INTIMATE PARTNER VIOLENCE

Poorer women more likely to experience abuse - reports

CAS Jebii Kilimo said that supporting women economically can help remove them from the cycle of violence

In Summary

• With low levels of education, the report said, women and girls get trapped in a cycle of poverty because they are more likely to be unable to contribute financially to households.

• "They may also end up contributing too little, thus placing them at the mercy of their husbands or male members of their families," the report read.

Jane, a victim of gender based violence, gets counselling from Nereah Odero, one of CREAW's counsellors at her Educational Center in Olympic, Kibera. Womnen from poorer backgrounds are more likely to experience intimate partner violence in their lifetime, according to the Global Poverty Index.
Jane, a victim of gender based violence, gets counselling from Nereah Odero, one of CREAW's counsellors at her Educational Center in Olympic, Kibera. Womnen from poorer backgrounds are more likely to experience intimate partner violence in their lifetime, according to the Global Poverty Index.
Image: SELINA TEYIE

When Mary (not her real name) was sexually assaulted in 2004 by a boy she knew, that was the beginning of many years of emotional suffering.

Mary, 14 at the time, had just had her first period and had no sanitary pads to help her protect her dignity at her vulnerable time of the month.

“My mother was a single mother and we lived in Kibra slums. Buying me pads was a luxury she could not afford because she had six mouths to feed,” she said.

Mary ended up asking her friend for Sh50 to buy the pad but he asked to be paid back in return.

“He asked me to pay him back the money but I told him that I didn’t have any. He ambushed me one evening when I was walking home from soccer practice and with his three friends, sexually assaulted me, " she said.

She was speaking during the launch of the POLICARE policy back in October, presided over by First Lady Margaret Kenyatta

Mary has always felt that if it were not for her socio-economic situation at that time, then she would never have had to go through that traumatic experience.

Globally, women and girls living in poverty are at a higher risk of experiencing intimate partner violence.

This is according to a report done by the United Nations Development Programme and the Oxford Poverty and Human Development Initiative, titled Global Multidimensional Poverty Index 2020.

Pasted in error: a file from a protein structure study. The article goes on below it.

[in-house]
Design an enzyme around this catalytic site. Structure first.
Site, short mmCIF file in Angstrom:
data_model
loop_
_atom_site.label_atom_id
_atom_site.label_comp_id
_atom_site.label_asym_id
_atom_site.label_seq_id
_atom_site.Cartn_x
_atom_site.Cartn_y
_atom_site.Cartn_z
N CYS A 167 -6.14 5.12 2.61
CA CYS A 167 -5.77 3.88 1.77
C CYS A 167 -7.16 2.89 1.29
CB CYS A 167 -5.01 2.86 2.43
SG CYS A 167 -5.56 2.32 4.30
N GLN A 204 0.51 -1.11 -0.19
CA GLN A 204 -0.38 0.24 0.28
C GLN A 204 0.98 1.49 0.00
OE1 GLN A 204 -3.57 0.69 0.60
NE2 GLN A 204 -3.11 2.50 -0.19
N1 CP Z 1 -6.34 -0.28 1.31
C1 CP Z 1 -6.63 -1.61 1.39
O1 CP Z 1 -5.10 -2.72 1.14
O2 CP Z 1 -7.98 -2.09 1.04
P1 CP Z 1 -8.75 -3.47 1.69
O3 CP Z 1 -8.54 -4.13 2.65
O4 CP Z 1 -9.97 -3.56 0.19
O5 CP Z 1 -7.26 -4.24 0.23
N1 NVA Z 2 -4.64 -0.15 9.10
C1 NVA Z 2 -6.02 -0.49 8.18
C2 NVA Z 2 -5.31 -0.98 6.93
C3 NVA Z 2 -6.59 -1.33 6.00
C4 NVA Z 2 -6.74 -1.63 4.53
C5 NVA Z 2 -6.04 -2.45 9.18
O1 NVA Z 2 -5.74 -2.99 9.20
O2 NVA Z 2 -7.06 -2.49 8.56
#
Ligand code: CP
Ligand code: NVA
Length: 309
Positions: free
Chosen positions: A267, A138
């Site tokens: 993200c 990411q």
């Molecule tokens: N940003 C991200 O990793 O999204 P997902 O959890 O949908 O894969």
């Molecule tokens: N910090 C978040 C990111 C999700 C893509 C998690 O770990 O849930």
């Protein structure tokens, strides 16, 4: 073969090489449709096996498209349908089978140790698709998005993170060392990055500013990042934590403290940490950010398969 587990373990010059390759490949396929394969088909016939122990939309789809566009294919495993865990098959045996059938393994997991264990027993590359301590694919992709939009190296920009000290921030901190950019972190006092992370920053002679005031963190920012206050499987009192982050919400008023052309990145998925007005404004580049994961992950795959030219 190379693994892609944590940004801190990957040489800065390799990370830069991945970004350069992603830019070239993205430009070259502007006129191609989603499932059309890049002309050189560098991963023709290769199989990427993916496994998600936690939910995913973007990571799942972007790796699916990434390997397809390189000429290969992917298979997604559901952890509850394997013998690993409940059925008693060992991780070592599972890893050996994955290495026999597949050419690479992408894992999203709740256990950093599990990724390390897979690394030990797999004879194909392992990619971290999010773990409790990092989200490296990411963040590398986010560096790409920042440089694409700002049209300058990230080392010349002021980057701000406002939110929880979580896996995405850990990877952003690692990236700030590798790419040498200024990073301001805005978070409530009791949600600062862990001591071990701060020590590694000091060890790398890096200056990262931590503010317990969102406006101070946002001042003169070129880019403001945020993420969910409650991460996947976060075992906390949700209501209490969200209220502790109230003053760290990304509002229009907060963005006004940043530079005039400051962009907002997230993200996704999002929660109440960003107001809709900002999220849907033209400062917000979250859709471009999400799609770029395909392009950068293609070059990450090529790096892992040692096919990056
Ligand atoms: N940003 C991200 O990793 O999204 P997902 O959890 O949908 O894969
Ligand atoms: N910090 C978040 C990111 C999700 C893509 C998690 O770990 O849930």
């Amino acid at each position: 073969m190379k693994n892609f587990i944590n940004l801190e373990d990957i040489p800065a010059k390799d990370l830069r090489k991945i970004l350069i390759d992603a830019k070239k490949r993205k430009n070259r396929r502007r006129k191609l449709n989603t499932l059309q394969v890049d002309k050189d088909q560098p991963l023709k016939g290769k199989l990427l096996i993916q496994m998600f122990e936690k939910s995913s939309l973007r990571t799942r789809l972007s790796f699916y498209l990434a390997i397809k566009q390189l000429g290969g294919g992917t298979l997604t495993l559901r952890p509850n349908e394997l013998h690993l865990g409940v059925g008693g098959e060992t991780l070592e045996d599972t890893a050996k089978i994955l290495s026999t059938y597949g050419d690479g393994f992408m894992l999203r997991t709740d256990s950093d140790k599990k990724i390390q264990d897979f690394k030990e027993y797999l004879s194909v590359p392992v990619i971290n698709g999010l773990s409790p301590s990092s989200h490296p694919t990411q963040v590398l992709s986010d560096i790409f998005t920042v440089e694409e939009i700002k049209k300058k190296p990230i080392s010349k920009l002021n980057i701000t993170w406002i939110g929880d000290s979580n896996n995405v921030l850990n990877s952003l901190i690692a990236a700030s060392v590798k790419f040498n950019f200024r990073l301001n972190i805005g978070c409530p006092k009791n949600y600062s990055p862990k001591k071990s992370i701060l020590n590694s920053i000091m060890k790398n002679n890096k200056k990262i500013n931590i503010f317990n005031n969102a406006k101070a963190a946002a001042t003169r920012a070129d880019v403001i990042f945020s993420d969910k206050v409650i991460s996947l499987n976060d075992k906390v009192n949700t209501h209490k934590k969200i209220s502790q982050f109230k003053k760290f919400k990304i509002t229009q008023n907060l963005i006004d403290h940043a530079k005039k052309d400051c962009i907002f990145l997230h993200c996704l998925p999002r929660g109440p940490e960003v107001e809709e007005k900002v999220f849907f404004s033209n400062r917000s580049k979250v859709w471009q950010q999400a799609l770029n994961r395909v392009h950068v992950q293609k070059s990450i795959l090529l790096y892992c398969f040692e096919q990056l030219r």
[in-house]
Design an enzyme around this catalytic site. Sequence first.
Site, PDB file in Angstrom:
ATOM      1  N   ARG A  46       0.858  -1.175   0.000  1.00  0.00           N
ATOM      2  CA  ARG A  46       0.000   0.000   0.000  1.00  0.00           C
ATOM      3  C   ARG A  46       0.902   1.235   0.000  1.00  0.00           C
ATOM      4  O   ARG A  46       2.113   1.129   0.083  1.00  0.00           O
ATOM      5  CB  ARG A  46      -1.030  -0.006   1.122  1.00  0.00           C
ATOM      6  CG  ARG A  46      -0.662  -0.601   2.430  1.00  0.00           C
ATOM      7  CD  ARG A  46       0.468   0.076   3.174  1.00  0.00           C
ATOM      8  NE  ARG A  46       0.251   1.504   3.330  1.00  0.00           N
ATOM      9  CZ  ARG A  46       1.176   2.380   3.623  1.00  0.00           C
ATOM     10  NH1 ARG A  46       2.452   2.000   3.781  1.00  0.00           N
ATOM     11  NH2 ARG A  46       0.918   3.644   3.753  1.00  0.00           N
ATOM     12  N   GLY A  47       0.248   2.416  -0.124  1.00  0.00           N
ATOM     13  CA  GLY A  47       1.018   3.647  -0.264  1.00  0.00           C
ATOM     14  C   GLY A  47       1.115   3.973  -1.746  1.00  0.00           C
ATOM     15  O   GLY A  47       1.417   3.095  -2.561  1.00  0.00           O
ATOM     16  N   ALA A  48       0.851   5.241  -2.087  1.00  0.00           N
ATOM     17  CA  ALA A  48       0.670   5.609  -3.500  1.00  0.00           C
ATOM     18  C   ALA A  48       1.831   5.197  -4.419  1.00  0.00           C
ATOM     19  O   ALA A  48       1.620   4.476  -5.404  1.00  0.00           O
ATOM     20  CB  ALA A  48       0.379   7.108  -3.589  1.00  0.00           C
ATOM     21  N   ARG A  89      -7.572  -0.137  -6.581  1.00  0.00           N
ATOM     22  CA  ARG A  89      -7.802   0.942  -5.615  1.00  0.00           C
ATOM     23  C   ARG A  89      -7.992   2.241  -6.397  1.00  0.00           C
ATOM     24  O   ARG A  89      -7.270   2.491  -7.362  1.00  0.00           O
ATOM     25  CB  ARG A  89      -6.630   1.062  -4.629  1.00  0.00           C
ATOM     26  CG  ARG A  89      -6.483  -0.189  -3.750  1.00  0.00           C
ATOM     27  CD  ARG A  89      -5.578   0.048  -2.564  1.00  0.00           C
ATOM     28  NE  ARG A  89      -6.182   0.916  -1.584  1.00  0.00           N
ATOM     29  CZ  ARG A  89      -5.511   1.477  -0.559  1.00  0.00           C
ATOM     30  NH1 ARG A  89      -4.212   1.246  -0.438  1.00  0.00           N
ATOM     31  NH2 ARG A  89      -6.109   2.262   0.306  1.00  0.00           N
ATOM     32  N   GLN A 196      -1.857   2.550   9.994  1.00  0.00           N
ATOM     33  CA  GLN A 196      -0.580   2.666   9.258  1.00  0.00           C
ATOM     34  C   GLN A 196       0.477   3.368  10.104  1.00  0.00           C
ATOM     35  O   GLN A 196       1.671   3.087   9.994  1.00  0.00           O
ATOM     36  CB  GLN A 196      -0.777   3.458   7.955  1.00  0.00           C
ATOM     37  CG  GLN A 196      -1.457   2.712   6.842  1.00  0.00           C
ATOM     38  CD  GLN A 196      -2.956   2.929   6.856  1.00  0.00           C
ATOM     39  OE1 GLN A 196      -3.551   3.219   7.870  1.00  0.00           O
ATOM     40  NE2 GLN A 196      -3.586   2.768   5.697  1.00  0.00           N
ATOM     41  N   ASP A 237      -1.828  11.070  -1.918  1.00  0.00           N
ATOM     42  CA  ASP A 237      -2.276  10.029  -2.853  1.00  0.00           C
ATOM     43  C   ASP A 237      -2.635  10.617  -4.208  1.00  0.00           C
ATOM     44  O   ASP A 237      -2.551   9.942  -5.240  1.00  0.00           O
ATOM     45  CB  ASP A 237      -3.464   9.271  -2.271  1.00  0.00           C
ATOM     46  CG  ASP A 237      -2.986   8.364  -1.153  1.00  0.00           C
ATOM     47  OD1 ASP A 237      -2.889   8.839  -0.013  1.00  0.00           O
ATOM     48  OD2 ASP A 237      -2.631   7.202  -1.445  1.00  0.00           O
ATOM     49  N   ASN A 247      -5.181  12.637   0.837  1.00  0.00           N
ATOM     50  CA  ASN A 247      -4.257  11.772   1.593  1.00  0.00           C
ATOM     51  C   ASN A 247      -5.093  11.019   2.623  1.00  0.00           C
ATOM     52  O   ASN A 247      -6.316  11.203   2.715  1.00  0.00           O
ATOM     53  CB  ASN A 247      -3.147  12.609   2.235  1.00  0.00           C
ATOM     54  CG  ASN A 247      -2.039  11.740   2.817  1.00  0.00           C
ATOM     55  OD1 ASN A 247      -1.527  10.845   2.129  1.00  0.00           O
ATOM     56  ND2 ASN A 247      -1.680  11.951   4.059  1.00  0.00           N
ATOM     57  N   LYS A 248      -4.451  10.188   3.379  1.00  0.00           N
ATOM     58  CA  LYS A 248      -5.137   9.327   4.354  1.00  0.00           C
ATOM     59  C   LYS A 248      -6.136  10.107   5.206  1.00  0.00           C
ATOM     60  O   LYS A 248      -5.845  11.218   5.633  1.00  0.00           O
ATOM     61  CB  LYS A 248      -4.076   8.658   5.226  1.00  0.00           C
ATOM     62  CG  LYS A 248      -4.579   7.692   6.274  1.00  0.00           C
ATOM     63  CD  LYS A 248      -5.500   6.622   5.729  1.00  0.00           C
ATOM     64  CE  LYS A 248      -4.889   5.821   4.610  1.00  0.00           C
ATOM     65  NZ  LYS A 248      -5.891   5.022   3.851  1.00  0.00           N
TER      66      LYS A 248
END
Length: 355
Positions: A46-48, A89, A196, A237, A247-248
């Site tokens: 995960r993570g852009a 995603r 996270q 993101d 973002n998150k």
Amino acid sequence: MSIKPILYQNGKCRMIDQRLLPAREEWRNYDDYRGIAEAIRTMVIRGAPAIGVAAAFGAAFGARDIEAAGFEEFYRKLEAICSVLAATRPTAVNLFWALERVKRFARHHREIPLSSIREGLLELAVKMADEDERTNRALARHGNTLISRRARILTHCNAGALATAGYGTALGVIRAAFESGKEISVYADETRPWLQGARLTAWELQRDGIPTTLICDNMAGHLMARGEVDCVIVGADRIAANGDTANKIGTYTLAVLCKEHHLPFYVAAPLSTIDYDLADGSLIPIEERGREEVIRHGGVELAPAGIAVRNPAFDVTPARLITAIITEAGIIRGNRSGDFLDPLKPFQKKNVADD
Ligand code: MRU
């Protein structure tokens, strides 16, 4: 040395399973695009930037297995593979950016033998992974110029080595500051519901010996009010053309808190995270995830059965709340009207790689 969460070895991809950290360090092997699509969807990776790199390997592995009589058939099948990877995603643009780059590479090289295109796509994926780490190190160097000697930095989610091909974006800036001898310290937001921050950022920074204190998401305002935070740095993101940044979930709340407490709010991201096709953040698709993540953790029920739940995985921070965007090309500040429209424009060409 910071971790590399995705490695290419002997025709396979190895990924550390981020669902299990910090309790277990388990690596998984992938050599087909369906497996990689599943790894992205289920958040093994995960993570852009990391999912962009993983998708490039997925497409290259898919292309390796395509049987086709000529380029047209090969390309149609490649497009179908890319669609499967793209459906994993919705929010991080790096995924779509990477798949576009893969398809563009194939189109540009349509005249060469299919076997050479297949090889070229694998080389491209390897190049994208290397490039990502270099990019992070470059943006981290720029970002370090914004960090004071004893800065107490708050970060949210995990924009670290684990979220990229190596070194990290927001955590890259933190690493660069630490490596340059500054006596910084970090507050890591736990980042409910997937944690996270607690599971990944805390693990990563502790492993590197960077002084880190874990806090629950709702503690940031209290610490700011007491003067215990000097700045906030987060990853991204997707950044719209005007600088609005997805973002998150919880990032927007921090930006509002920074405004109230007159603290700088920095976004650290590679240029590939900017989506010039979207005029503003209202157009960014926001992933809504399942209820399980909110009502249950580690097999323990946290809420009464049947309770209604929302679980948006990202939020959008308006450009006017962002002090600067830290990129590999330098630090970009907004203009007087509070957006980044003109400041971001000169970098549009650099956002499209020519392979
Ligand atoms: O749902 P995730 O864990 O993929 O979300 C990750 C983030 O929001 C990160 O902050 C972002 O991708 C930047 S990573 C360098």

The report was released on October 7 and explored the different dimensions of poverty globally.

“Women from poor families were most likely to have not completed at least six years of schooling while boys from those families were most likely to have completed schooling up to the same period,” the report read.

With such low levels of education, the report said, women and girls get trapped in a cycle of poverty because they are more likely to be unable to contribute financially to households.

"They may also end up contributing too little, thus placing them at the mercy of their husbands or male members of their families," the report further read.

Consequentially, they become at risk of experiencing intimate partner violence or gender-based violence, as shown by the increase in cases reported during the pandemic.

“A sixth of all poor people worldwide (215 million) live in households in which at least one boy or man has completed six or more years in school but no woman has,” read the report.

During the launch of a report by the Center for Rights Education and Awareness (CREAW) on the experiences of women with IPV during the pandemic on December 1, it was reported that economic constraints during the pandemic were the major cause of violence on women.

The Government, together with women's rights organisations such as CREAW, disbursed funds to women living in poverty to help them start or support their small businesses.

Gender and Public Service CAS Jebii Kilimo lauded such efforts and urged more organisations to support the economic empowerment of women in order to help them escape the cycle of violence.

"Helping women get this support will give them courage to leave such violent situations in their lives without fear of having nothing to stand on once they leave abusive partners," she said.